Tuesday 12 September 2006

Blair: Why Care?

It really is high time that everyone got over Tony Blair. When he took over as Labour Leader, he inherited an opinion poll rating which had not varied since September 1992, when only the most hardened political obsessive had ever heard of him.

That rating simply translated itself into the 1997 General Election result, exactly as it would have done anyway, even if Blair had never been born. Swings as large as any in 1997 were recorded in the preceding European Elections, when the Labour Party was led by Margaret Beckett. So there is not, nor has there ever been, a single MP who owed his or her seat to Tony Blair. On the contrary, 2005 was the first time that Blair ever influenced a General Election result. Specifically, he single-handedly lost Labour one hundred seats.

As for “the dominance of New Labour ideas”, what “New Labour ideas”? There were only ever two. First, that Blair should be Prime Minister. And secondly, that the trappings of office should therefore be enjoyed by his jaw-droppingly undistinguished courtiers: Peter Mandelson, Alastair Campbell, Michael Levy, Carole Caplin, Stephen Byers, Alan Milburn.

Future historians will mention this nonentity only in passing. They will have to, in order to explain the gap between the shorter, but much more significant, premierships of John Major and Gordon Brown. For good or ill, Major did things, such as privatising the railways, and tentatively beginning British support for American neoconservative foreign policy (whatever his allies still in the Commons might say now). And, for good or ill, Brown will do things, probably in much the same sorry vein. The mere desire to be Prime Minister cannot account for Brown’s sense of grievance: he wants not just to be, but to do.

By contrast, what has Blair actually been for?


  1. Oh well, I suppose that there does have to be one Blairite still alive somewhere.

    You are surely not seriously suggesting that Labour could have lost any of the last three Elections? I say again that Blair only infleunced the outcome of the last one: for the worse, losing us a hundred seats. Mercifully, these were in the electorally expendable area of the South East: if Elections were won and lost there, then there would now be a Tory Government with a large majority.

    Your account of the Major years has been taken from half-remembered Spitting Image instead of from a sober appraisal of the facts. Major did a great deal - mostly bad, but he did it.

    By contrast, all you can produce in defence of Blair are Sure Start (overrated by the Left: it's mostly state-funded childcare for the middle classes, a sort of National Nannying Service), the National Minimum Wage (which the inevitable Labour Government of 1997 would have done under any Prime Minister, and at a much more seriosu rate), increased spending on an NHS the problem with which was not money in the first place, and "Double the funding for each pupil the school" (something certainly does need top be done about educations, doesn't it?).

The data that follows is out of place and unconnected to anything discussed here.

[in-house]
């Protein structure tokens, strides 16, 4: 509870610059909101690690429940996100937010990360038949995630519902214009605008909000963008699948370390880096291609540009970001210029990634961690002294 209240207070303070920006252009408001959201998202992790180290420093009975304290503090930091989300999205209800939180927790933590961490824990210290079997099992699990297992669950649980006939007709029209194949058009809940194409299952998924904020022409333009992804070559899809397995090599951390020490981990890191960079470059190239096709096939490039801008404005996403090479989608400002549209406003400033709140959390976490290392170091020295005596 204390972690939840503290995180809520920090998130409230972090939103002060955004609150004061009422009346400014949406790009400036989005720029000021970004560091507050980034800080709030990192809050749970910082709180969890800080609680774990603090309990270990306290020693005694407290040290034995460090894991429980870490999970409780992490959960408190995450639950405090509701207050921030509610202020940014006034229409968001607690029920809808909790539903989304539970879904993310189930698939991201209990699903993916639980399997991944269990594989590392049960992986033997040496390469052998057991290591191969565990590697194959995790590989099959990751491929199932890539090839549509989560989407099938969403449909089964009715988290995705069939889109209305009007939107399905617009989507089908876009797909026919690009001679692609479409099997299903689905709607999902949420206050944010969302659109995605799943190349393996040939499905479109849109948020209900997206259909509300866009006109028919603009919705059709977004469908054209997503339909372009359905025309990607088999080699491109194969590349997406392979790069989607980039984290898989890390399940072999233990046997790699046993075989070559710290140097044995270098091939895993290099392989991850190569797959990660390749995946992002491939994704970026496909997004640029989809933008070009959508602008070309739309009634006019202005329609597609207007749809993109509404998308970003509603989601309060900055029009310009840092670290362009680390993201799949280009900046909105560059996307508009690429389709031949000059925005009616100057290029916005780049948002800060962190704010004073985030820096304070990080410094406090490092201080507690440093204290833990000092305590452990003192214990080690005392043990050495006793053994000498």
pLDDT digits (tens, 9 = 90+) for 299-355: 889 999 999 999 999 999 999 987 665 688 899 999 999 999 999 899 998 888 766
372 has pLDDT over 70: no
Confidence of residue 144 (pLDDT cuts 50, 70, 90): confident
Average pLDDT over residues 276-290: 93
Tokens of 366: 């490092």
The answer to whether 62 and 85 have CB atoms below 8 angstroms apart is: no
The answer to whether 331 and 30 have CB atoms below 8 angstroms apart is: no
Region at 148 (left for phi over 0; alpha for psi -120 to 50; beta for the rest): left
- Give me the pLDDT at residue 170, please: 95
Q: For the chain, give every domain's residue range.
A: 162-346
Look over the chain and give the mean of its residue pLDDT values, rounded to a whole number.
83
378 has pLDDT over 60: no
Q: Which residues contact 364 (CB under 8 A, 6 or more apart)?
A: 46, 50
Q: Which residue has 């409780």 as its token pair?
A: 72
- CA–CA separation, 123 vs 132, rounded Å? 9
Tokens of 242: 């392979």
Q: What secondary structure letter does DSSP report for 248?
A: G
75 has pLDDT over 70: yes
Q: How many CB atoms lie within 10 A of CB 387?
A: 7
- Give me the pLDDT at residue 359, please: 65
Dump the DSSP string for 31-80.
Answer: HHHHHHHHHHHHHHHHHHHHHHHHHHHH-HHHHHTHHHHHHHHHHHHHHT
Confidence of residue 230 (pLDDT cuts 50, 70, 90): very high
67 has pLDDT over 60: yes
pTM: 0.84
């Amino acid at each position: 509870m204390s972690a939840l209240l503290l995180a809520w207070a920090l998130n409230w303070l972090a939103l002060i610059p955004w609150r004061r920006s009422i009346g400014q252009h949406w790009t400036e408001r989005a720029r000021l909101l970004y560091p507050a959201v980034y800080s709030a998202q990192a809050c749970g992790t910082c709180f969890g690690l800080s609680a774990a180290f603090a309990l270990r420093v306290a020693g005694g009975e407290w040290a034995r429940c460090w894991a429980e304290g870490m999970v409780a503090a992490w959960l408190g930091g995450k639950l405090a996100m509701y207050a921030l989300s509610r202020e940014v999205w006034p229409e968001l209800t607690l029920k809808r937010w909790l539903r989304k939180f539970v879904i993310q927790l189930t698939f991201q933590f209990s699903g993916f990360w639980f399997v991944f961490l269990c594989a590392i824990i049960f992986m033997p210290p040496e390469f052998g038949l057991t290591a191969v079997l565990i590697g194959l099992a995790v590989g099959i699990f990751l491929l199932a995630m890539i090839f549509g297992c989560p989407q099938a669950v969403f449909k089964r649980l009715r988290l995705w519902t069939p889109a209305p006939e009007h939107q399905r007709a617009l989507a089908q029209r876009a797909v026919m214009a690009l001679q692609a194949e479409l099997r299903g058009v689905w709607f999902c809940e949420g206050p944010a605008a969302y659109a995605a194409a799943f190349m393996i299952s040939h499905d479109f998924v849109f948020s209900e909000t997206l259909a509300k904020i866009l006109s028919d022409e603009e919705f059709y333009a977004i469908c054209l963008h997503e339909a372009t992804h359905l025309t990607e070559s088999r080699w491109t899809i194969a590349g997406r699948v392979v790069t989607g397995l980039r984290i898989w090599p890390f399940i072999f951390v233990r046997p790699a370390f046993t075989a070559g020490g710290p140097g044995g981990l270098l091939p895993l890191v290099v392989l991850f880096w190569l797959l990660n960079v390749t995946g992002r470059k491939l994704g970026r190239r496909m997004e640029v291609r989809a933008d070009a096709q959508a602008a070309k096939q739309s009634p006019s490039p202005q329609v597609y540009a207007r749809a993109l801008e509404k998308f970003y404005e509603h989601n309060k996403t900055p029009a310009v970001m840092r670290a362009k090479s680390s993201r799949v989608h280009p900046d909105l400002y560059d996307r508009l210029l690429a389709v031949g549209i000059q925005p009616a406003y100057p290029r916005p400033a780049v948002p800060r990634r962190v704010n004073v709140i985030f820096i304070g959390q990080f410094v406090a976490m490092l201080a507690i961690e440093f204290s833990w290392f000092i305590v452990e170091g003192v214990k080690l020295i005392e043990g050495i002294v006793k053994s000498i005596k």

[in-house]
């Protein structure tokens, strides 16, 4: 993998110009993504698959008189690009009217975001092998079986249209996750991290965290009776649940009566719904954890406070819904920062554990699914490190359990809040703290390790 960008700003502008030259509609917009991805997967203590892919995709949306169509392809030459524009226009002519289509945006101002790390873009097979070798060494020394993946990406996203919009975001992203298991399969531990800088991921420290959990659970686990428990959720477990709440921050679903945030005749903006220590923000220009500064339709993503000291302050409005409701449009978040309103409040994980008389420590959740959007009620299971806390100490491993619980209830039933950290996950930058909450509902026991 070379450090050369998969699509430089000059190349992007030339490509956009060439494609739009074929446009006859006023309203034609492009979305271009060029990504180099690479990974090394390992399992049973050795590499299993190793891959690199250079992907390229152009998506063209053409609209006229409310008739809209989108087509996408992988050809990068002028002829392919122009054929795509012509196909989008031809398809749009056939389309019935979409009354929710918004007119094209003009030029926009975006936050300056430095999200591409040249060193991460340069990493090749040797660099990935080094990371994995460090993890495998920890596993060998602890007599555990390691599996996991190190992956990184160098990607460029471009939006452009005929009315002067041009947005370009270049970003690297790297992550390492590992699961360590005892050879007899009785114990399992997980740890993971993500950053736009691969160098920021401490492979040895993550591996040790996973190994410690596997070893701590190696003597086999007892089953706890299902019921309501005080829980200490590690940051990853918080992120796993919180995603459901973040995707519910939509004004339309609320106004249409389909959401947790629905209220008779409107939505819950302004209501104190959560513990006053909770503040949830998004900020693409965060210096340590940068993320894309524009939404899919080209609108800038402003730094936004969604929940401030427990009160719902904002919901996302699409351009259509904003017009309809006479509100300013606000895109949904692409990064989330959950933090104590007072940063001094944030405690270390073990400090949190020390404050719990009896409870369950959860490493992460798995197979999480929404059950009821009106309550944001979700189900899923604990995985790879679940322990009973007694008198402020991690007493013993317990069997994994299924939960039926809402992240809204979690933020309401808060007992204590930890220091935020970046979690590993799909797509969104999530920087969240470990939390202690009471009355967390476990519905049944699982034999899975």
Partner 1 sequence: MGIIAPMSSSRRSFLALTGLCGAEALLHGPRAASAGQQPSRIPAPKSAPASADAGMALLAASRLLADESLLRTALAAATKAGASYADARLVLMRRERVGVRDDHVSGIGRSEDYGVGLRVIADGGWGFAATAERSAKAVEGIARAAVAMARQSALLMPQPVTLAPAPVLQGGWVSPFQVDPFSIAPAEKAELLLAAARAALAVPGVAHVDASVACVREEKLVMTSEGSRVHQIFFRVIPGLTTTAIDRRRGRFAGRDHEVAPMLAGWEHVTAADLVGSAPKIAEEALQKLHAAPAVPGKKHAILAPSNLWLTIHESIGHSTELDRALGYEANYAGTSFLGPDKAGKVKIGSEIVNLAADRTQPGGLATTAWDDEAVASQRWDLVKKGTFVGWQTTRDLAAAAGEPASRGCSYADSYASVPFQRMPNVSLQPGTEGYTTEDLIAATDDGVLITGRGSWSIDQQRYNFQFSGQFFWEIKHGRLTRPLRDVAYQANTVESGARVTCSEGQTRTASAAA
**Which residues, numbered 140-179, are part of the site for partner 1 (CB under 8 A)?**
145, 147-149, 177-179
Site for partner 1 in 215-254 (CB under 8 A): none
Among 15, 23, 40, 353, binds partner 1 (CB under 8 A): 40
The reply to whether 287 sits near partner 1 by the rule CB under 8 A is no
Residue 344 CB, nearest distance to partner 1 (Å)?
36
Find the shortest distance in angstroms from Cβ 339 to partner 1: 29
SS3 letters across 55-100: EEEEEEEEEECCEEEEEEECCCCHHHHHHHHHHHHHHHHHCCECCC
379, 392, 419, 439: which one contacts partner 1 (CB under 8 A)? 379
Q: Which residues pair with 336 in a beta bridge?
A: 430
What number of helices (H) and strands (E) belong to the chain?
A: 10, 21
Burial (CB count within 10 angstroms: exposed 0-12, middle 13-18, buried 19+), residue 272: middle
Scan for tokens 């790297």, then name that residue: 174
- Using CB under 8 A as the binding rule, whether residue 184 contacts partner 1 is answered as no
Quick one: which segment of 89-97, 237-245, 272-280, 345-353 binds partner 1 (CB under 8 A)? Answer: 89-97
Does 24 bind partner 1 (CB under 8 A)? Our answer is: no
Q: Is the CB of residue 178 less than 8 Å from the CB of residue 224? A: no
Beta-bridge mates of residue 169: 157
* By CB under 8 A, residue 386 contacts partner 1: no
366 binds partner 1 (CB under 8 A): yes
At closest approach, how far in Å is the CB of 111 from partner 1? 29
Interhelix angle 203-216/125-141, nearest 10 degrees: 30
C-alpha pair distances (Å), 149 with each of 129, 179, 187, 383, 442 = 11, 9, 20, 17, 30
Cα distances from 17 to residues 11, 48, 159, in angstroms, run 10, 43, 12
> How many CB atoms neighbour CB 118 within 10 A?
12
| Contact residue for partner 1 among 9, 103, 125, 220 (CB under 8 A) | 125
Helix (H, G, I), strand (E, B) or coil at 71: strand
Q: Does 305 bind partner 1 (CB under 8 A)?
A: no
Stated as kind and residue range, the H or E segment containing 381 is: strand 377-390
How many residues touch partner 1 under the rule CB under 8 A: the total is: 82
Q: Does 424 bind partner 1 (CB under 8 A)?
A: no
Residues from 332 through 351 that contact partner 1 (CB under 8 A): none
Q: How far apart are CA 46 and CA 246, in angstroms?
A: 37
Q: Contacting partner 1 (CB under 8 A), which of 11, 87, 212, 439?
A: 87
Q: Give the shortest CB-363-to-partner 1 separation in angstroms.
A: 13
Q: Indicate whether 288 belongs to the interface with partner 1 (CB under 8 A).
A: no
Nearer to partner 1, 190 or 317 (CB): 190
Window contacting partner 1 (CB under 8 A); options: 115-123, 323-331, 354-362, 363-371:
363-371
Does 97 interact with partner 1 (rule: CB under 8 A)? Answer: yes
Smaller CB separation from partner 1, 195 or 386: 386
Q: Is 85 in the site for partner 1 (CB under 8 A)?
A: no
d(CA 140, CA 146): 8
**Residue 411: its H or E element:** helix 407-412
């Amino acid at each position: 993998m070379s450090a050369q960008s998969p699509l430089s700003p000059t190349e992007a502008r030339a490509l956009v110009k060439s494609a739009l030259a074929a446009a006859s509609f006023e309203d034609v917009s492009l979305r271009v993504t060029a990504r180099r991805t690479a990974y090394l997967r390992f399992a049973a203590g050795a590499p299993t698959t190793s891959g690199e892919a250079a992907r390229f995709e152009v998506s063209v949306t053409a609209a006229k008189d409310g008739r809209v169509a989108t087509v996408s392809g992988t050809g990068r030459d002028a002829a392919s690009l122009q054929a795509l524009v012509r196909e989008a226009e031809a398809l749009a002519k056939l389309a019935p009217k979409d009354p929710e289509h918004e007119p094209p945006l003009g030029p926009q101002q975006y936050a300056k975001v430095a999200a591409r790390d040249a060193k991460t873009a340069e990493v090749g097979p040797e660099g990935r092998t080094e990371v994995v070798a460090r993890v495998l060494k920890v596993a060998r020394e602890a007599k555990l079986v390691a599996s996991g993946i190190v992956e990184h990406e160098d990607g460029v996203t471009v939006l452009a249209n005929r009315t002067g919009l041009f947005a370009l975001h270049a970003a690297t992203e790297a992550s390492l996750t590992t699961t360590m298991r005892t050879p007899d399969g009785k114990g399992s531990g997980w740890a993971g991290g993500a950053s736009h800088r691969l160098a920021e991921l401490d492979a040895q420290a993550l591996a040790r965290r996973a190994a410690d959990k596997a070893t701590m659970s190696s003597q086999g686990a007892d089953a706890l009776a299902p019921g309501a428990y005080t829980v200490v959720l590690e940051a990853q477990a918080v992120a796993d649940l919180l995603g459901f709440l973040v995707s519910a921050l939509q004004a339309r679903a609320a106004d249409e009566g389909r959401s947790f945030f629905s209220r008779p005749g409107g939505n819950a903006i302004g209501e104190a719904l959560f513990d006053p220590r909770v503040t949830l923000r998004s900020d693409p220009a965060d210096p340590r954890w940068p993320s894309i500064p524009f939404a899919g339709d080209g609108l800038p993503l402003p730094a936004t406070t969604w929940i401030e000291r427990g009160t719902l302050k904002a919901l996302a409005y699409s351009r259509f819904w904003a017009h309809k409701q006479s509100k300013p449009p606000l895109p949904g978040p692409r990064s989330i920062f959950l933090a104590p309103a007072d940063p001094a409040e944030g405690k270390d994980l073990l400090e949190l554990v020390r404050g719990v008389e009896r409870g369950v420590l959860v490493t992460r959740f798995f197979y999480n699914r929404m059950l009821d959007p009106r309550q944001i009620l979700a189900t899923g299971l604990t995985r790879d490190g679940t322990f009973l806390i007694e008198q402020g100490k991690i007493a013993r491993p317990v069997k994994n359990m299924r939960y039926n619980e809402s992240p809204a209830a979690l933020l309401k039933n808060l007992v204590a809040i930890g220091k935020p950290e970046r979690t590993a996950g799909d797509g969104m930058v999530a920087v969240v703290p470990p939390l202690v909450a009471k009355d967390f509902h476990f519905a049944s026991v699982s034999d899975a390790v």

2. And most people who actually used the NHS could not praise it too highly, exactly as now. They just assumed their own experience to be untypical, exactly as now.

    There are middle-class people, as conventionally defined (a definition which I dispute elsewhere on this blog), in wards with high deprivation. Most mothers who return to work so early in their children's lives could be so classified, whereas working-class culture is different (and superior) where these matters are concerned. For the good of very small children, their mothers should be paid to stay at home with them.

    No, I "have never fought an election in a key marginal parliamentary constituency". Nor have you, if you are who I think you are. Or if you are almost anyone else, for that matter.

    "Many governments in the past would be coc-a-hoop at a 60 majority", you rightly say. But they wouldn't have gone into the Election with a majority of double that.

    It is true that "Labour smashed through the 50% vote intention mark and hit a high of over 60% in early 95", and that this was "Unprecedented". But, as with Kinnock's previous enormous leads, it did not translate itself into votes at a General Election: when that came, Labour managed only the victor's bog-standard low forties, and polled fewer actual votes than the Tories had done in 1992.